Miller Scholars 20th Anniversary Celebration

Maha Ibrahim’s speech

I grew up in a rural town in Northern Indiana.  I had a difficult childhood.  I performed terribly in high school.
My high school had a wall outside of the counselor’s office where they tacked up posters and flyers from colleges and universities.  These were from a few Midwest public school systems, but mostly small, private, Christian fundamentalist schools.
My senior year I saw on that wall a new oversized postcard I had never seen before.  It was blue and a beautiful deep yellow and it had a picture of a grey-bricked clock tower on it.
I asked my school counselor about that card.  She told me that was Berkeley.  I asked her where that was.  She said California.  I asked her how you get to go to that school.  She told me not to worry about it – real people don’t go there.
She then reminded me that the new Super Walmart on the other side of Old Road 30 was hiring, and that I should go pick up an application so I could start getting ready for graduation.
Six months after graduation I flew to Riverside, California on a one-way ticket.  I had never been to California before.  The only thing I knew about California was that it was not Indiana.
I had no plan and no prospects.
I found my community college by looking up “college” in the yellow pages.
When I went there to register, I saw the admissions office lined with banners, posters, and cards advertising a number of schools –Cal States, Universities of California, private schools, professional schools.
I was 18 years old.  I had no idea what a “transfer” was.  I did not know California had a web of public schools sewn together by a “master plan.”  I had never heard of the word “matriculation.”
There, on the wall at the community college, was that same oversized blue and gold postcard.
When I asked the community college counselor about that postcard he gave me a very different answer than my high school counselor had given me.
Now, I had a dream.  I had a goal.
I spent a lonely two years hustling.  I was completely out of my element – I once raised my hand in class and asked what a “Chicana” was.  I myself am half-Egyptian.  I followed an Iranian professor around for 6 months because I thought we was Egyptian, too.  I didn’t know the difference.  I met a great mentor – my first mentor – but I found few friends and no community in this new and strange place.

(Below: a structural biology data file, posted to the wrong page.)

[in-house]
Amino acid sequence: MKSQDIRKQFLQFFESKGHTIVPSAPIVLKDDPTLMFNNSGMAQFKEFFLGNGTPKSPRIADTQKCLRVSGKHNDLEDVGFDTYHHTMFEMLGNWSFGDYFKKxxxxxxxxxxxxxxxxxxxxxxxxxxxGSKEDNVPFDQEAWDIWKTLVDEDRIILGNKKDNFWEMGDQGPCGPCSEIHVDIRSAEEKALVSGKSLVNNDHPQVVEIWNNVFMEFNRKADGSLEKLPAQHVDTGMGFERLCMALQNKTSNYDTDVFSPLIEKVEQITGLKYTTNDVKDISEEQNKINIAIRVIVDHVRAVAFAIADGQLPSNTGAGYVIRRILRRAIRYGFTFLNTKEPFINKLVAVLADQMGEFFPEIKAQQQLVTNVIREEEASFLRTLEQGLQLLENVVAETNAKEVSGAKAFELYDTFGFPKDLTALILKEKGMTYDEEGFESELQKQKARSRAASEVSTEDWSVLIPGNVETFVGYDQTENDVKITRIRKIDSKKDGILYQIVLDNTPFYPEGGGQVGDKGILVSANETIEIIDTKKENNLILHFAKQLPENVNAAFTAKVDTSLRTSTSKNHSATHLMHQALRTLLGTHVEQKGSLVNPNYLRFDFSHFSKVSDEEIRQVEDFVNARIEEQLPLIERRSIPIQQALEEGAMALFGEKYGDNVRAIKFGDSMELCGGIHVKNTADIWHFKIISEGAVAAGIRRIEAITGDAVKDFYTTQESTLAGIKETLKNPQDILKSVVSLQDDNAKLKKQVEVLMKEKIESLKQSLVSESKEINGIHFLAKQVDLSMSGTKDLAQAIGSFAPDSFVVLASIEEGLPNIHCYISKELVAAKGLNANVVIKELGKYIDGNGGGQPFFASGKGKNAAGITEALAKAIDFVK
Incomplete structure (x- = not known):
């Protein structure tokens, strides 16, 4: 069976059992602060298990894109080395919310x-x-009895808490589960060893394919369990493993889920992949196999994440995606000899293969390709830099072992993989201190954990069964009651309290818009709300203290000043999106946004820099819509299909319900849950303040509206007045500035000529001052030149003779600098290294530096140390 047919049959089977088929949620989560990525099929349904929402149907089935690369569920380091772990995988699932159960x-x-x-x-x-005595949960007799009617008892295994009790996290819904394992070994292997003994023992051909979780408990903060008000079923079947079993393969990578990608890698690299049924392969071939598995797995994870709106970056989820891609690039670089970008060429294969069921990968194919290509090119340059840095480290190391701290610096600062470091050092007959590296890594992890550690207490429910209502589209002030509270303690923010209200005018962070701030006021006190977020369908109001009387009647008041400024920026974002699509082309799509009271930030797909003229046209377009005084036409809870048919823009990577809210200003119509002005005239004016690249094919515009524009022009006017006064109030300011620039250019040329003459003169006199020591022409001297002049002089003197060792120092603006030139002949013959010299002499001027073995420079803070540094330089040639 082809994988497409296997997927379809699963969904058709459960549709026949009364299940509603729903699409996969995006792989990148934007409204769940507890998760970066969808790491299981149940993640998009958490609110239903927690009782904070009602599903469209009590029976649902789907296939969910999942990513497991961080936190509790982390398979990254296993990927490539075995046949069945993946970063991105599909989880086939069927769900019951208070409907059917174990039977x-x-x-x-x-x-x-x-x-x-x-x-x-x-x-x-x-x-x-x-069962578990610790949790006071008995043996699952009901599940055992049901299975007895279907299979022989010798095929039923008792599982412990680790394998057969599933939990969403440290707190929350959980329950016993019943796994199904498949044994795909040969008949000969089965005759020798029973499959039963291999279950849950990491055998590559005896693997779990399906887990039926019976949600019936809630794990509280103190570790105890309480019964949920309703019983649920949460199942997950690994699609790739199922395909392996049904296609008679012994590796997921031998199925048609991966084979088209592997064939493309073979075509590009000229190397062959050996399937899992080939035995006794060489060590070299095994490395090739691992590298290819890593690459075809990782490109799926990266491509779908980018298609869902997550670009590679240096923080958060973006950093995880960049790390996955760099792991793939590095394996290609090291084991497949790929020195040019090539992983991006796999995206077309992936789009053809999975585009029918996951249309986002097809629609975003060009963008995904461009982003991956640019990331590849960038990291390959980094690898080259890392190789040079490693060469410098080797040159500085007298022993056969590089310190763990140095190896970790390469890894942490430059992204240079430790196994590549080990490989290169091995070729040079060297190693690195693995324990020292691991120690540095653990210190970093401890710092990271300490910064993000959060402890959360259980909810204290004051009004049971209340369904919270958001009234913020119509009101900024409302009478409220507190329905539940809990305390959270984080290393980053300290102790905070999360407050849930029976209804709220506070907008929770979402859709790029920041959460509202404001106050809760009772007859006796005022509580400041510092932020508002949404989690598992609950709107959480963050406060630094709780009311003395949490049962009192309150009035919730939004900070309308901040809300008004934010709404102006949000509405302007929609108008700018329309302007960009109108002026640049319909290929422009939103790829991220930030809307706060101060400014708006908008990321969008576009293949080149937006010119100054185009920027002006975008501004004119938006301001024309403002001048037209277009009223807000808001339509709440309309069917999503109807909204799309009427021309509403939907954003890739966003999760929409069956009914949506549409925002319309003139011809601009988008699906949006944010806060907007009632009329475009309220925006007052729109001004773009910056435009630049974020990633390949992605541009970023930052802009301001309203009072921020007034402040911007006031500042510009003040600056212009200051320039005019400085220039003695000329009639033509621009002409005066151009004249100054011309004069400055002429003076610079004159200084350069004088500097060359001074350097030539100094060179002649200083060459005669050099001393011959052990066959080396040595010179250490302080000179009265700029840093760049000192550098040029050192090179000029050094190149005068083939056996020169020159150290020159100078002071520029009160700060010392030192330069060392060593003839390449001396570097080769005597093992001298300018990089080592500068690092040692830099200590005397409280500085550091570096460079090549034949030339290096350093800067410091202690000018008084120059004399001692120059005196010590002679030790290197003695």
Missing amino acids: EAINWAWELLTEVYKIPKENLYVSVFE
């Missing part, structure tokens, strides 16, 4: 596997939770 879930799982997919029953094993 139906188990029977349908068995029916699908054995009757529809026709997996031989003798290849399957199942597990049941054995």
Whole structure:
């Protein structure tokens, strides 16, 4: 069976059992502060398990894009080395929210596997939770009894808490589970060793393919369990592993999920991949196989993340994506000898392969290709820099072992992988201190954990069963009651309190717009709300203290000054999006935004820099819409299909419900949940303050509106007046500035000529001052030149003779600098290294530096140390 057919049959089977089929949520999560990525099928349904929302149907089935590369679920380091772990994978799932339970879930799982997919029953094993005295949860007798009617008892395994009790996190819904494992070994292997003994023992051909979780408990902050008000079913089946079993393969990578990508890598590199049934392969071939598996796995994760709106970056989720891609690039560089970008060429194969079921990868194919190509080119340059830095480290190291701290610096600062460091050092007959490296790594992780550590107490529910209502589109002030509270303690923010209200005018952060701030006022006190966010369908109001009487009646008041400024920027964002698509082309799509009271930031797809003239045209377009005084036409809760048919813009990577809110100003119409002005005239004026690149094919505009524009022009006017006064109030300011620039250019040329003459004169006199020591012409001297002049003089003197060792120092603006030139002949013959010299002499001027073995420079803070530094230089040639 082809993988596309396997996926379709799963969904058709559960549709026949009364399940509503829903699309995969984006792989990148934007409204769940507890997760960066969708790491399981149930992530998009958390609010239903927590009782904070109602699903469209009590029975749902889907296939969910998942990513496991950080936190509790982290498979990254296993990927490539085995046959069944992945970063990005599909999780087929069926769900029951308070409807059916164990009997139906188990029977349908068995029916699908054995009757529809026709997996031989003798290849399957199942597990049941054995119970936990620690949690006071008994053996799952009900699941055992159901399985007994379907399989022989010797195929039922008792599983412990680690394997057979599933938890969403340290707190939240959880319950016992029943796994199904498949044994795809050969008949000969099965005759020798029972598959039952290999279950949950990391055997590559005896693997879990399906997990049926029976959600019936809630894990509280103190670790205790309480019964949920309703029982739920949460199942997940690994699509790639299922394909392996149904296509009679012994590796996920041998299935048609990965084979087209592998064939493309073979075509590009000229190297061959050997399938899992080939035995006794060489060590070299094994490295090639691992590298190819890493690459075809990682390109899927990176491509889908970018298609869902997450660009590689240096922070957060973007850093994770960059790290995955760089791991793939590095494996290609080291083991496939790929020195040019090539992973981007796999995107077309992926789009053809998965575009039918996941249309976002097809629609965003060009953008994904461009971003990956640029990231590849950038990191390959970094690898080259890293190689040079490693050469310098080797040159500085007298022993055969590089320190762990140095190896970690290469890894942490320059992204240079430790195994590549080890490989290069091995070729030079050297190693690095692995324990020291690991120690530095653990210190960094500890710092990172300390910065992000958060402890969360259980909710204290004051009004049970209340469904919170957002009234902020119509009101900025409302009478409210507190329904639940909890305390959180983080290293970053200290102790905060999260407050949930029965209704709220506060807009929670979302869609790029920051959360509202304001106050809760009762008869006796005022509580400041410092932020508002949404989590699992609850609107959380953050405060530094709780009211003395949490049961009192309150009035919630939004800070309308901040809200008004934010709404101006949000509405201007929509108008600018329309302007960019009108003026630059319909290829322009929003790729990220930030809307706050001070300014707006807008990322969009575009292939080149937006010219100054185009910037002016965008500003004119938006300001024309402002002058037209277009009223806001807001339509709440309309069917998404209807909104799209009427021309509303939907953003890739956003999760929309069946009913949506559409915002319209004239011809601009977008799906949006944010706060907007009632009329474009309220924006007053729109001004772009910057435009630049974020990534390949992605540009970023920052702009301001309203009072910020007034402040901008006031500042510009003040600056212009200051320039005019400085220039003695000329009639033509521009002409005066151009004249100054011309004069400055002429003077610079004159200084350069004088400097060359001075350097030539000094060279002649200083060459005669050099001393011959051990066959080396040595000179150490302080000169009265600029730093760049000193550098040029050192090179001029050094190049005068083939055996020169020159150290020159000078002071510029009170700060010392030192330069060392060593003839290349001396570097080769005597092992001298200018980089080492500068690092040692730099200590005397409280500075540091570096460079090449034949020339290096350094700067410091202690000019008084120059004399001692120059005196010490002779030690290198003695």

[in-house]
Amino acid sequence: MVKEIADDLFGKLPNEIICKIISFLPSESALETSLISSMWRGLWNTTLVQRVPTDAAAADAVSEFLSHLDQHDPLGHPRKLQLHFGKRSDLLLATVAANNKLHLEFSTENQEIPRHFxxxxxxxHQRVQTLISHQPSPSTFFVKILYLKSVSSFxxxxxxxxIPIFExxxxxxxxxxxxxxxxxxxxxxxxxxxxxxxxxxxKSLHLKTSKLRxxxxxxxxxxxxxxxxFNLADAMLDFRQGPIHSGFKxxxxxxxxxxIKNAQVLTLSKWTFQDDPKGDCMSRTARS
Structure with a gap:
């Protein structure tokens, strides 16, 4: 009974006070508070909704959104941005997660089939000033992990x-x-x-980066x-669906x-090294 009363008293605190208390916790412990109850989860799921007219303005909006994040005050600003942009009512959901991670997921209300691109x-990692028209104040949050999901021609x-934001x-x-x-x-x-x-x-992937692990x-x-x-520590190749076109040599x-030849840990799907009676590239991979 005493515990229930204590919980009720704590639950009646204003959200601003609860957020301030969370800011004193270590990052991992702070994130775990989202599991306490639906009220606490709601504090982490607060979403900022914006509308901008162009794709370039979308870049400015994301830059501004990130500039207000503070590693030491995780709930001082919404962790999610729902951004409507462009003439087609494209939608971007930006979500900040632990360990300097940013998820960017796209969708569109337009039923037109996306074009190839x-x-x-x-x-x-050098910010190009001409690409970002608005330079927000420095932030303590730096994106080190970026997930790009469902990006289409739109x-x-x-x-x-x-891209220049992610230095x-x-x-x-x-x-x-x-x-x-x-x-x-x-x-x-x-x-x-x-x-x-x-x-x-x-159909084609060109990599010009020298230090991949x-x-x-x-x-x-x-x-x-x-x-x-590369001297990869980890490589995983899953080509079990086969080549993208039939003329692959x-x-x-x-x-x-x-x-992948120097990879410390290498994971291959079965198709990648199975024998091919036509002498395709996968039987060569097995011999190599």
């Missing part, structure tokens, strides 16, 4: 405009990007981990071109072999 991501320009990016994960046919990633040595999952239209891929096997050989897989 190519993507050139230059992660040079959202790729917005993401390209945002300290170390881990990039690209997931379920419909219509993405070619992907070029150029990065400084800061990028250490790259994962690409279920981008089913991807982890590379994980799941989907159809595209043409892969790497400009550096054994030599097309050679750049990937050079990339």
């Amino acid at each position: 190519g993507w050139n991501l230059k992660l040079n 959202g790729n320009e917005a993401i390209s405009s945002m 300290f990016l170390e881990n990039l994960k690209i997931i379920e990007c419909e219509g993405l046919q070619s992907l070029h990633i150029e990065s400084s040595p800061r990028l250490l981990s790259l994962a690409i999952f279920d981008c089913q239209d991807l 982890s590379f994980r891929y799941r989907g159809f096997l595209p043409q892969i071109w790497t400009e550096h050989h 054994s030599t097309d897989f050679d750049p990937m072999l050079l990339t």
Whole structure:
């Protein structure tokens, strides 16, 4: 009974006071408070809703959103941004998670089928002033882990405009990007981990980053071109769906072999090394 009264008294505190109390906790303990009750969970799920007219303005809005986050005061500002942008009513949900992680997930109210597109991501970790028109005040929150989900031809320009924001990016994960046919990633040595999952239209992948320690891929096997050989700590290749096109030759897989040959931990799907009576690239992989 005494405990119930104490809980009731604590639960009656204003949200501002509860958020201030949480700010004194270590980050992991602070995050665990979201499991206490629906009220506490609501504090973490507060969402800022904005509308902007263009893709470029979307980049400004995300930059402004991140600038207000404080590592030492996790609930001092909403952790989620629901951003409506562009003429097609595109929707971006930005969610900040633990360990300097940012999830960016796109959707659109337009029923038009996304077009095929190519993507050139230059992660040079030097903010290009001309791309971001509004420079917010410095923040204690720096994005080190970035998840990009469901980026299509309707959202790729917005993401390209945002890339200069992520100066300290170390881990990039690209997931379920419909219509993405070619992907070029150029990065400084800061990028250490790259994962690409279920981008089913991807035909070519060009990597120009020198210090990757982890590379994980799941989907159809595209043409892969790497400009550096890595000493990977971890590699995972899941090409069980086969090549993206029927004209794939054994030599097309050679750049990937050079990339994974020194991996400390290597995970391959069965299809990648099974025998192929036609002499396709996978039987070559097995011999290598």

I was driven, but mostly alone.
I didn’t have family to move me in when I got into Cal.  I didn’t have a car.  I took an Amtrak from Corona to Berkeley with one suitcase and a sheath of printed papers from my community college’s computer lab.
The papers were financial aid documents, campus maps, where my dorm was, a 2004 academic calendar – and a letter of acceptance to the Miller Scholars Program – a program that had found me.  A program that had invited transfer students to apply instead of leaving us to find it.
This letter told me I was now part of a “cohort” – another word I had never heard before.
It told me a man named George was going to help me pay for college.  And it gave me an address to an office where I could find the program’s director and where I was to come for a welcome party.
In short, this letter told me that I belonged here.  That I had “people” here, people of my own.  And that those people, and this man George, wanted me here and that they believed me and believed in me.  They were investing.
And they lived up to the letter.
For two years that office was a sanctuary.  Our dinners, our meetings, our thesis work, our peer review, our 20-year-old meltdowns.  We were always welcome in that place, we always belonged, and we were always a cohort.
We were always believed and believed in.
Today, I’m a women’s civil rights lawyer.
I mostly practice Title IX and Title VII, which means that my clients have been sexually discriminated against, harassed, or assaulted at work or at school.  And, when they reported it, they were betrayed by their own institutions.
A number of attorneys who do this work are themselves survivors of sexual assault, and they bring that experience with them to inform their practice and connect with their clients.
I am not a survivor of sexual assault, so I cannot walk in my clients’ shoes in that way.
But I am a Miller’s Scholar.  I know what it means to be given “place.”  I know what it means to be assured that you are not alone.  I know what it means to be invested in, and to have a cohort and a benefactor and a program director who want you to stay in and succeed at your institution – one of the greatest institutions in the world.
I know what it means to be believed and believed in.
And that’s what informs my practice.  That’s what I want for my clients.
— Maha Ibrahim, 2004 Miller Scholar

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